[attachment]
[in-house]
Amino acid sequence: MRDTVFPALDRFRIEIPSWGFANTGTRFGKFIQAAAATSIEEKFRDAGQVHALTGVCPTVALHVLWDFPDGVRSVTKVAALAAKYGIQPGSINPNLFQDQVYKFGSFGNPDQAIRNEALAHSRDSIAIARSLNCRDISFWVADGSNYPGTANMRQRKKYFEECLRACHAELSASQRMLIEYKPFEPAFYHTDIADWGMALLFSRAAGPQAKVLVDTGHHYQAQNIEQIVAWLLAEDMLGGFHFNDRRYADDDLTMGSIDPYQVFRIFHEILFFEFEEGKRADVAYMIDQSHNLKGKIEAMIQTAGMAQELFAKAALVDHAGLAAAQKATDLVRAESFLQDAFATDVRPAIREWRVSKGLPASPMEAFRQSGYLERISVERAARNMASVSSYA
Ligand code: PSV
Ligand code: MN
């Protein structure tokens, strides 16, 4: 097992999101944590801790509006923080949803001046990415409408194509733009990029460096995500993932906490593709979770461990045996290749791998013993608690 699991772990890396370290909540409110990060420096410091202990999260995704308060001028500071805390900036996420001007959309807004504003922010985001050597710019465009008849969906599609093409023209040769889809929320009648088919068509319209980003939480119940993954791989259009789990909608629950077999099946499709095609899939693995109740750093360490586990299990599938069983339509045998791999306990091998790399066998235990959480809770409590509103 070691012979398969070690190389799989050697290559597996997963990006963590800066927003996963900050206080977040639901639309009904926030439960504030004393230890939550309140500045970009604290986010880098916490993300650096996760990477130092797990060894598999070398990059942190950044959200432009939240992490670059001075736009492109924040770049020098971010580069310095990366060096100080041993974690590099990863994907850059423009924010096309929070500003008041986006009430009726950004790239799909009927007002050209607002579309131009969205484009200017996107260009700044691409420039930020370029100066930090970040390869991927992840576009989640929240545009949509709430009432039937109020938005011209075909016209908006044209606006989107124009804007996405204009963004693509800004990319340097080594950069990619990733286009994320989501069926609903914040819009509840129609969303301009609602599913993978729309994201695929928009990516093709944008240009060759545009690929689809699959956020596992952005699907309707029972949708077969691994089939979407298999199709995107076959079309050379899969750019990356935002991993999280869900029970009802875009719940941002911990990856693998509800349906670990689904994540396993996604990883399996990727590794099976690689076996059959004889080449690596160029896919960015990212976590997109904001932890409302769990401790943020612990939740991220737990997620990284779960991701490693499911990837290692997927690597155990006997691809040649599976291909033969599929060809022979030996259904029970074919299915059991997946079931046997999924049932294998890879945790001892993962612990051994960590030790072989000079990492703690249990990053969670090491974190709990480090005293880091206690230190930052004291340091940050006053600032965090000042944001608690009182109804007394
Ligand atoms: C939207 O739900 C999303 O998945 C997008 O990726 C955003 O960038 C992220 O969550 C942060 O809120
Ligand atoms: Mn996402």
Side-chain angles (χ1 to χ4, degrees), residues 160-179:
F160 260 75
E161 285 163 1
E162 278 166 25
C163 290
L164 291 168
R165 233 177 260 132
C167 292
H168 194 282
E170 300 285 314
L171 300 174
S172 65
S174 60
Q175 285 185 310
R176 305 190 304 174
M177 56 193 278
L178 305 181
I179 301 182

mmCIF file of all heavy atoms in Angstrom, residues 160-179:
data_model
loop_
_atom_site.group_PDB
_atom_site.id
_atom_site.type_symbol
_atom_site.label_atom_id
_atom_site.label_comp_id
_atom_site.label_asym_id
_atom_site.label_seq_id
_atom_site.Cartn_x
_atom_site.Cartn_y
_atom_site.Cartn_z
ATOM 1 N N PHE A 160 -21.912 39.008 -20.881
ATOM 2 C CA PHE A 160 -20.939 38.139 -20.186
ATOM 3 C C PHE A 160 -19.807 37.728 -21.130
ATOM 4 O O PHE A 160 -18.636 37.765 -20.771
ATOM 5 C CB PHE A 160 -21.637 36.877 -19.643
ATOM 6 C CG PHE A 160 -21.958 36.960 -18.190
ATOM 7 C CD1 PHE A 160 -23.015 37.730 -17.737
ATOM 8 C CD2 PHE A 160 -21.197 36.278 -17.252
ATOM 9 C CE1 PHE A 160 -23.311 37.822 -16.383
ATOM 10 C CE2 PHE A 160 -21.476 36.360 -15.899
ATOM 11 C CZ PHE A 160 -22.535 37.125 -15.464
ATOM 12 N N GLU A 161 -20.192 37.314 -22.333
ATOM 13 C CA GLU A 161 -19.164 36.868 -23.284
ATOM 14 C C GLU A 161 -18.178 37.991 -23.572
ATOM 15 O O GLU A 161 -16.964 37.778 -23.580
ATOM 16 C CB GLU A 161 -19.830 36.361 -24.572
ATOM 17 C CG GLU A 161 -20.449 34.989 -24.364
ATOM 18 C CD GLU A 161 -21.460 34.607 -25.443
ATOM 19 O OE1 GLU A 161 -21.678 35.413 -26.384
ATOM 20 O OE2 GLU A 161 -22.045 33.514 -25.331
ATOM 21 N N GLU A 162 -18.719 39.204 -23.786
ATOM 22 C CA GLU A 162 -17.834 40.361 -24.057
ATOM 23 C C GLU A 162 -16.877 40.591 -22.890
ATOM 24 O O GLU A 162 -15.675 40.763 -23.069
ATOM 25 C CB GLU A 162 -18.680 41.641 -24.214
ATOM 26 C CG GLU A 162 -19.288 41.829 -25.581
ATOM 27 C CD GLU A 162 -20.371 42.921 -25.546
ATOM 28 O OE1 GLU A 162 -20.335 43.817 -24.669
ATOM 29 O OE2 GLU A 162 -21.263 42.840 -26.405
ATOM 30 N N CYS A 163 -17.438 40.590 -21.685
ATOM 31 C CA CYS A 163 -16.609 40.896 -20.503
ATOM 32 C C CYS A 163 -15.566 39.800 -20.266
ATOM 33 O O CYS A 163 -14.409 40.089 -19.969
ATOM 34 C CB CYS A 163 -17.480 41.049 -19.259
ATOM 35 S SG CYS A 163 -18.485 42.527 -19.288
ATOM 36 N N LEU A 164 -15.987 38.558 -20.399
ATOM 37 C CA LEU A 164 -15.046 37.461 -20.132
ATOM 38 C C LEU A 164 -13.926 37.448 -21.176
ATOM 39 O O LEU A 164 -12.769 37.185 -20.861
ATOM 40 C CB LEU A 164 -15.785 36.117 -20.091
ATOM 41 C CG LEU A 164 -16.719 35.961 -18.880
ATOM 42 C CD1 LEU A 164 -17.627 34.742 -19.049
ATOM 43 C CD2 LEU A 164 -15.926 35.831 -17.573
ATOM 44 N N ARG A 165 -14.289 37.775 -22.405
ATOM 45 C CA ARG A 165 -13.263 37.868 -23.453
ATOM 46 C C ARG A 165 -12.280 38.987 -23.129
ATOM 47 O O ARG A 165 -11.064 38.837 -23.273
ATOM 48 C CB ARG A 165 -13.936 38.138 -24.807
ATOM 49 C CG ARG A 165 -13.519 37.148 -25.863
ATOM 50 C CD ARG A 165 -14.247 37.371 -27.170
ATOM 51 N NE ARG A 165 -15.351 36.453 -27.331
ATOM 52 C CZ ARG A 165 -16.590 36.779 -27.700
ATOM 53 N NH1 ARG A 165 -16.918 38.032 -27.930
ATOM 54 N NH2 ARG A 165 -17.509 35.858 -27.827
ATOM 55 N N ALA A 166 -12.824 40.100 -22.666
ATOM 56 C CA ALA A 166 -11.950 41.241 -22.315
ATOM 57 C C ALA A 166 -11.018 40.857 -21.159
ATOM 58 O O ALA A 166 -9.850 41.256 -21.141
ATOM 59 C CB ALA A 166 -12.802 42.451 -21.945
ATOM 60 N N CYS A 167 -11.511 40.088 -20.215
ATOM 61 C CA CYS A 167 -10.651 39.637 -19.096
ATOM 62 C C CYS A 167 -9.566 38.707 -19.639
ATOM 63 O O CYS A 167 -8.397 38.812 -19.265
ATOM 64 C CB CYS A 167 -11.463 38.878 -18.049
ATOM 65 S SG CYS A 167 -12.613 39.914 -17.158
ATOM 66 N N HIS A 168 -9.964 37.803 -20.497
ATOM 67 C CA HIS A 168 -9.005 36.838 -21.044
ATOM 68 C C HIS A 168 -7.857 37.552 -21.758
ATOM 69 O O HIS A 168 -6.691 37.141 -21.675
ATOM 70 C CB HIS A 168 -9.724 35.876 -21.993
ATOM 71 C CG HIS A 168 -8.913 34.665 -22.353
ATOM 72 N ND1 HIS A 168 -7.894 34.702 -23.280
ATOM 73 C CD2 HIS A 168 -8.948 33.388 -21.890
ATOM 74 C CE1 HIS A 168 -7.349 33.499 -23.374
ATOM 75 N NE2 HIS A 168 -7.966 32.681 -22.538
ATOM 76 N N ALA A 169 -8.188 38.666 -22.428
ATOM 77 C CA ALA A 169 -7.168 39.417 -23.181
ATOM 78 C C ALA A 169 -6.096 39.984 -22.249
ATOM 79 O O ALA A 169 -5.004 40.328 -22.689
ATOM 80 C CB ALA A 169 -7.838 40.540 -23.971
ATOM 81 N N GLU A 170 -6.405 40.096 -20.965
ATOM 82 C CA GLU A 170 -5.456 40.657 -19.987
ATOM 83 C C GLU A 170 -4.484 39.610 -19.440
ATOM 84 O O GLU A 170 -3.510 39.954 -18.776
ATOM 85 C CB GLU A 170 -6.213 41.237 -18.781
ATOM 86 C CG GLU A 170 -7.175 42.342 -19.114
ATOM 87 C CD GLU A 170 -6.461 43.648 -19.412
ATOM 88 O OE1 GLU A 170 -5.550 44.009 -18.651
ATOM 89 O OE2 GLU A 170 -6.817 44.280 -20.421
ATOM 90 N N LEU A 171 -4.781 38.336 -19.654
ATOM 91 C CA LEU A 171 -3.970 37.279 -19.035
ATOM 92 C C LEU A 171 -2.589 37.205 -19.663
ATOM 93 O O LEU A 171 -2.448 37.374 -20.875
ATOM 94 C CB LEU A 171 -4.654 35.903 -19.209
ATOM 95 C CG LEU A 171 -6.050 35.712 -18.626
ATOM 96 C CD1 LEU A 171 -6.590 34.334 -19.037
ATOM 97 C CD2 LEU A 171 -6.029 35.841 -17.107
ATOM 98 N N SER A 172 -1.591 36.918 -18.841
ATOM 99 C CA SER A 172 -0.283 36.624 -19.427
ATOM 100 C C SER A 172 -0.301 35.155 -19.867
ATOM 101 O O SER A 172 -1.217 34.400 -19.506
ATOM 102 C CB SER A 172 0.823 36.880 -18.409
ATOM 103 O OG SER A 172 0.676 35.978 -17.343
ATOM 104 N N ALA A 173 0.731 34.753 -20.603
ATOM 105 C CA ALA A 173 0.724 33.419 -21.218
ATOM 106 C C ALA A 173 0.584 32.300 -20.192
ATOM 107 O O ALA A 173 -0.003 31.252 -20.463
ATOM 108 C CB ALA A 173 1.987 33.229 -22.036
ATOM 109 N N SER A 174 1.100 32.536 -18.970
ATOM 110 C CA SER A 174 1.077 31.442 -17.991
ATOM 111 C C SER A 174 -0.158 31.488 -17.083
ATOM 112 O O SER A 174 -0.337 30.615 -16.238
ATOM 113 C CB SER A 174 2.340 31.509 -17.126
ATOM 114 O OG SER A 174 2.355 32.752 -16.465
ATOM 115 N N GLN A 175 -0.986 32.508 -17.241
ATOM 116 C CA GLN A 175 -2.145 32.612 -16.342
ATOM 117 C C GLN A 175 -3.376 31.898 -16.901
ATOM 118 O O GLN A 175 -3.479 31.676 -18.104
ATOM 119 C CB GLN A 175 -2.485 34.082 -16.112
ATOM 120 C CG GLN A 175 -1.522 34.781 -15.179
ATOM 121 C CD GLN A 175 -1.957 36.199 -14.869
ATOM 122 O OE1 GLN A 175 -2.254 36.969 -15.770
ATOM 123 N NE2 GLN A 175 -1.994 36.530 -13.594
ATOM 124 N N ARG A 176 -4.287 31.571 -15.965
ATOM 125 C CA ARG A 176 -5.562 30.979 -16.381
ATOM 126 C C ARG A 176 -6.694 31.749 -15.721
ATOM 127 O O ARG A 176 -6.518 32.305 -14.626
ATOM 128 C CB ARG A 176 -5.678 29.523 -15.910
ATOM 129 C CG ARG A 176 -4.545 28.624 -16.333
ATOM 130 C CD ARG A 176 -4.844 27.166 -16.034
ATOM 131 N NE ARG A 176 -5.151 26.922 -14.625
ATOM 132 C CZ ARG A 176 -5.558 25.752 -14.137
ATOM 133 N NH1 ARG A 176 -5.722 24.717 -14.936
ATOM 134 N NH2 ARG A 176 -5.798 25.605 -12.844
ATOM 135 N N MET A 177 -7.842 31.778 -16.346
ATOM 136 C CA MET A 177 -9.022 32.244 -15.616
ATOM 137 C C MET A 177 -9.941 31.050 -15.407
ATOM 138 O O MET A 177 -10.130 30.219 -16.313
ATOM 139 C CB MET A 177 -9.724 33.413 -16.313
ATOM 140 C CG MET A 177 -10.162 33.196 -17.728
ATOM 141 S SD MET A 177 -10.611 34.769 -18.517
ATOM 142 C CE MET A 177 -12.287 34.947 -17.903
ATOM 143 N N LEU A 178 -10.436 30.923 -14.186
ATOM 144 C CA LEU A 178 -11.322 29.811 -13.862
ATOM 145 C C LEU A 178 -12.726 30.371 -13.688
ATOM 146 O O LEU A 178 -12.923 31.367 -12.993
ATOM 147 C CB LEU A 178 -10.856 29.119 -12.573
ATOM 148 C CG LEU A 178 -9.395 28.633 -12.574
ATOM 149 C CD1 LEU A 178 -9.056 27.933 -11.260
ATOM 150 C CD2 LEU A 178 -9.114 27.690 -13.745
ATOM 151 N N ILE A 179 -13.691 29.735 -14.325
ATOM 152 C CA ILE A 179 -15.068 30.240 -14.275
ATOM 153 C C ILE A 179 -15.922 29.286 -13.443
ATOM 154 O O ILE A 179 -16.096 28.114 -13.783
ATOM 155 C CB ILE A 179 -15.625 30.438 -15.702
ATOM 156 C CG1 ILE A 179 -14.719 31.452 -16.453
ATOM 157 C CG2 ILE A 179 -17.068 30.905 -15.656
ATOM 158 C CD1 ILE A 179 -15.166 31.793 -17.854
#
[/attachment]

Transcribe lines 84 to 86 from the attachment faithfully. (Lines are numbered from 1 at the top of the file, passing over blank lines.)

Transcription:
ATOM 46 C C ARG A 165 -12.280 38.987 -23.129
ATOM 47 O O ARG A 165 -11.064 38.837 -23.273
ATOM 48 C CB ARG A 165 -13.936 38.138 -24.807